Target Risk Factors To Lessen Chronic Disease

Risk factors that contribute most to chronic disease, such as cancer, heart disease, and diabetes, include poor diet and physical inactivity; both are associated with obesity, tobacco and alcohol use, uncontrolled high blood pressure, and high cholesterol. Half of U.S. adults have at least one chronic condition, while a quarter have two or more.

Feeding Your Bones Means More than Calcium

When you think about bone nutrition, you probably think of calcium first. And rightly so: A solid body of research suggests that you should meet your daily calcium needs (1,000-1,200 milligrams) for optimal bone health. With 54 million Americans suffering from osteoporosis, it’s important to do all you can to feed your bones to prevent this debilitating condition. The promising news is that a host of other nutrients, such as magnesium and vitamins C and B12, are emerging as potential nutrients for optimal bone health, too.

Persimmon Power!

The folklore. Legend has it that persimmons may hold the power to predict the weather of the coming winter. If you split the seeds of this autumn fruit a white marking in one of three shapes is revealed: a knife shape, which supposedly forecasts a cold, “cutting” winter, a fork shape which means a mild season, and a spoon shape that represents lots of snow shoveling. More reliably, the persimmon is known for delivering an intensely sweet flavor, along with an impressive bite of nutrients.

Eating Local with the Seasons

When you recall memories of eating the most delicious juicy peach or near-perfect ear of corn, summertime comes to mind. And if you think of the perfect plump pumpkin for a pie, fall is in the air—and the most likely time to find this vegetable in the market. If you want delectable, nutritious, fresh produce, the way to eat it is in season.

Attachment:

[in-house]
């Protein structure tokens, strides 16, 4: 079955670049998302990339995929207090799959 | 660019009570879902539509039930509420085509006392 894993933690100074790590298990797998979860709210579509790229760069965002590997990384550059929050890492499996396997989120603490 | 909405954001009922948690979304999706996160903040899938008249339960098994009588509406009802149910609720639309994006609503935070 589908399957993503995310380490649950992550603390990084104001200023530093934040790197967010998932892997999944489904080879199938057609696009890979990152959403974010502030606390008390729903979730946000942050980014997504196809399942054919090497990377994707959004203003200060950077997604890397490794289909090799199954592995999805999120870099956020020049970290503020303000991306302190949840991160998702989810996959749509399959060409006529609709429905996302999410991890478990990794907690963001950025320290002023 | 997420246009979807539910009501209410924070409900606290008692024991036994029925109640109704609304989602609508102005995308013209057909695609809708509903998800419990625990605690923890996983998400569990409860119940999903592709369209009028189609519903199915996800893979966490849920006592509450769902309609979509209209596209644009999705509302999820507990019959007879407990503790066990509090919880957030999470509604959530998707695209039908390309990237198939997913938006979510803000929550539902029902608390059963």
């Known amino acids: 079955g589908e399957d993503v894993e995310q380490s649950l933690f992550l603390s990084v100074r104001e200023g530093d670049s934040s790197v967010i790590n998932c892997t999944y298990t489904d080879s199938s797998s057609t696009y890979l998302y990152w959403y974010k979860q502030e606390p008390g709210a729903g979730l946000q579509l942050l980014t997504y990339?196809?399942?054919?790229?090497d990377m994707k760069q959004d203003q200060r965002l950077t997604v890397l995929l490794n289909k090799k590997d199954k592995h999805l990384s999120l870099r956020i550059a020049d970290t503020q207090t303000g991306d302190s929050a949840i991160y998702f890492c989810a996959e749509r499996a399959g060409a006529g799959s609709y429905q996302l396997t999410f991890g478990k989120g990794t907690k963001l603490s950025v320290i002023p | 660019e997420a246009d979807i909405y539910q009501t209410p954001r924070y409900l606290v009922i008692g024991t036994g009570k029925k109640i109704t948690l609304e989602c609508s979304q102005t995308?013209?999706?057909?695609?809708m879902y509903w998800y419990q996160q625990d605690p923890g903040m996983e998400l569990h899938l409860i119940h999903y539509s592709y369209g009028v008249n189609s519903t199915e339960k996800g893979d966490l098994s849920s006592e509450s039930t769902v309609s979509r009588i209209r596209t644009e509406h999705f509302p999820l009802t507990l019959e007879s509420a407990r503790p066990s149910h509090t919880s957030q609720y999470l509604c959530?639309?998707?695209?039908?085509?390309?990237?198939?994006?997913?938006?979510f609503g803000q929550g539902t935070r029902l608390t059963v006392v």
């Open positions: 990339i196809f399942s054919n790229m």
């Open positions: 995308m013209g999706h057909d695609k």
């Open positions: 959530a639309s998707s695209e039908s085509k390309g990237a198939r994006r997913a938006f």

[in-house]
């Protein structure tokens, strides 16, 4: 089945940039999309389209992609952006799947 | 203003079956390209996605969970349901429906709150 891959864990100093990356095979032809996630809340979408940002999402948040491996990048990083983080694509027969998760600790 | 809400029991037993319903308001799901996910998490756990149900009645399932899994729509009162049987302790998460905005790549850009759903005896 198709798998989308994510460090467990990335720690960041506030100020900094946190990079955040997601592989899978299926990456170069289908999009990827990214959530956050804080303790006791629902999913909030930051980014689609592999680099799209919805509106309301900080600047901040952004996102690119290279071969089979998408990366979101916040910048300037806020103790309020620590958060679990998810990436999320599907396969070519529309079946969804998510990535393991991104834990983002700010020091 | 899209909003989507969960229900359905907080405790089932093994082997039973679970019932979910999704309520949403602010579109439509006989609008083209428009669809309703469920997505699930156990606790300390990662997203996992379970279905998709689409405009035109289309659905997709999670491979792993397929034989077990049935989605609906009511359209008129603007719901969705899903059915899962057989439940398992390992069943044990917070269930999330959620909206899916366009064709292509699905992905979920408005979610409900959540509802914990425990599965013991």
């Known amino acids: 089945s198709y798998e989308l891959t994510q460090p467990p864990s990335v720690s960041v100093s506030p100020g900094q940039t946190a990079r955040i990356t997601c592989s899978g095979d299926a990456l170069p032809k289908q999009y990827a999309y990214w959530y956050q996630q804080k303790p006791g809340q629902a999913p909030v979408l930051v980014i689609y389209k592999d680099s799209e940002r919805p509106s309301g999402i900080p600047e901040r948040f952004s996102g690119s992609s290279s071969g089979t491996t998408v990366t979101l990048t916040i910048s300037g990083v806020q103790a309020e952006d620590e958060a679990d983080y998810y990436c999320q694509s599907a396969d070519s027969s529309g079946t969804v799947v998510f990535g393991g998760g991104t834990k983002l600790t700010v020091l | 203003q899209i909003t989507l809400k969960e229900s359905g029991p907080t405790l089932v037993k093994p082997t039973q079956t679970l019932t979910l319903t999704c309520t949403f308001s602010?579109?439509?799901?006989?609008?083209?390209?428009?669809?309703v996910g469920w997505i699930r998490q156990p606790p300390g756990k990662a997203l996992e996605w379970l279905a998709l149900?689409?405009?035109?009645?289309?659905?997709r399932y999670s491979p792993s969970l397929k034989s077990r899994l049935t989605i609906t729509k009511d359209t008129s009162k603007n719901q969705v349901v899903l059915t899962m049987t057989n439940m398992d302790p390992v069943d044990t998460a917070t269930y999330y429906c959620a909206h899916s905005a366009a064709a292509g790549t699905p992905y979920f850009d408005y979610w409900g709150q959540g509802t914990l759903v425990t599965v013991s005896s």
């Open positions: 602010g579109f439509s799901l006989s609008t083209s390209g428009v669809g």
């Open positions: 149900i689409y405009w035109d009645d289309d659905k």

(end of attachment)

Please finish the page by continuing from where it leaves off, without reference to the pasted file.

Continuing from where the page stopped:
Recommended Reading

The Arthritis Cure
The Medical Miracle That Can Halt, Reverse, and May Even Cure Osteoarthritis

Edited by Jason Theodosakis, M.D., M.S., M.P.H., and Sheila Buff. Jason Theodosakis is an assistant clinical professor and the director of the Preventative Medicine Residency Training Program at the University of Arizona College of Medicine in Tucson. This revised edition of his 1997 book, The Arthritis Cure, has been updated to include new research, and still promises to provide relief for people who suffer chronic arthritis pain. Outlining a nine-point program that includes a new supplement, ASU, this book describes a program that is said to halt, reverse, and possibly even cure degenerative osteoarthritis. Dr. Theodosakis's program includes ratings of the current supplements on the market, a new exercise program, and dietary changes that may help treat arthritis.

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About EN

Environmental Nutrition is the award-winning, independent newsletter (no sponsors, no advertisers) that opens your eyes to what you put in your mouth. Are you floundering in the swamp of conflicting advice on low-carb diets, vitamin E, eating fish, genetically modified foods? EN offers authoritative, reliable, practical guidance on what works and what doesn't in balancing your diet to protect... More.